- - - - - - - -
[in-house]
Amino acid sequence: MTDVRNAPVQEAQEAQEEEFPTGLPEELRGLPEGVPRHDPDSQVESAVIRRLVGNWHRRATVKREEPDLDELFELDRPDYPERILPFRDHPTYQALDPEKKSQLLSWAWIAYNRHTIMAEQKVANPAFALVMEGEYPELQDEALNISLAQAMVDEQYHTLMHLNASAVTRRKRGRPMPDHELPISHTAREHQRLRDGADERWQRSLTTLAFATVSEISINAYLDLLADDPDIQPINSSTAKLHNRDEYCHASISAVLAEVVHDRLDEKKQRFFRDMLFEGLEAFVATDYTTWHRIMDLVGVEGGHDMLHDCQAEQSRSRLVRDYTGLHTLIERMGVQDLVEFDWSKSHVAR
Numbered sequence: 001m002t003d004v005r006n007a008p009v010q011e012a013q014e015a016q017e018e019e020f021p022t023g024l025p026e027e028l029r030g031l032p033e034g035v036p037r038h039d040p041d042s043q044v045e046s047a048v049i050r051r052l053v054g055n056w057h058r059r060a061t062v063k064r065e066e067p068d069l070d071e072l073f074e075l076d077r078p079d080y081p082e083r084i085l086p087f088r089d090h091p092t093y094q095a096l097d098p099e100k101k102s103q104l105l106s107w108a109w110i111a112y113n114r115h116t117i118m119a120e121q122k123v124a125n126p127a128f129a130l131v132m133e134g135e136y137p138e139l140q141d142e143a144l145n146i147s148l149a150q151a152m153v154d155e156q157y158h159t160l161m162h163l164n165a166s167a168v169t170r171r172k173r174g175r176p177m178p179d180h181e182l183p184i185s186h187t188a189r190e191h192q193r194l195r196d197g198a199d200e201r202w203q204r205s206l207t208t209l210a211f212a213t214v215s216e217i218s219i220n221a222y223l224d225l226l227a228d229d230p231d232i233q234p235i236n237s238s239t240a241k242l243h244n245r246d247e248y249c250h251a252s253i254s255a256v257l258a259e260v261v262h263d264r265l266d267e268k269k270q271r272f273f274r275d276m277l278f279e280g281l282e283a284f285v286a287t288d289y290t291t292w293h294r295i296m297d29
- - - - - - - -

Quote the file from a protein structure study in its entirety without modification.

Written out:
[in-house]
Amino acid sequence: MTDVRNAPVQEAQEAQEEEFPTGLPEELRGLPEGVPRHDPDSQVESAVIRRLVGNWHRRATVKREEPDLDELFELDRPDYPERILPFRDHPTYQALDPEKKSQLLSWAWIAYNRHTIMAEQKVANPAFALVMEGEYPELQDEALNISLAQAMVDEQYHTLMHLNASAVTRRKRGRPMPDHELPISHTAREHQRLRDGADERWQRSLTTLAFATVSEISINAYLDLLADDPDIQPINSSTAKLHNRDEYCHASISAVLAEVVHDRLDEKKQRFFRDMLFEGLEAFVATDYTTWHRIMDLVGVEGGHDMLHDCQAEQSRSRLVRDYTGLHTLIERMGVQDLVEFDWSKSHVAR
Numbered sequence: 001m002t003d004v005r006n007a008p009v010q011e012a013q014e015a016q017e018e019e020f021p022t023g024l025p026e027e028l029r030g031l032p033e034g035v036p037r038h039d040p041d042s043q044v045e046s047a048v049i050r051r052l053v054g055n056w057h058r059r060a061t062v063k064r065e066e067p068d069l070d071e072l073f074e075l076d077r078p079d080y081p082e083r084i085l086p087f088r089d090h091p092t093y094q095a096l097d098p099e100k101k102s103q104l105l106s107w108a109w110i111a112y113n114r115h116t117i118m119a120e121q122k123v124a125n126p127a128f129a130l131v132m133e134g135e136y137p138e139l140q141d142e143a144l145n146i147s148l149a150q151a152m153v154d155e156q157y158h159t160l161m162h163l164n165a166s167a168v169t170r171r172k173r174g175r176p177m178p179d180h181e182l183p184i185s186h187t188a189r190e191h192q193r194l195r196d197g198a199d200e201r202w203q204r205s206l207t208t209l210a211f212a213t214v215s216e217i218s219i220n221a222y223l224d225l226l227a228d229d230p231d232i233q234p235i236n237s238s239t240a241k242l243h244n245r246d247e248y249c250h251a252s253i254s255a256v257l258a259e260v261v262h263d264r265l266d267e268k269k270q271r272f273f274r275d276m277l278f279e280g281l282e283a284f285v286a287t288d289y290t291t292w293h294r295i296m297d29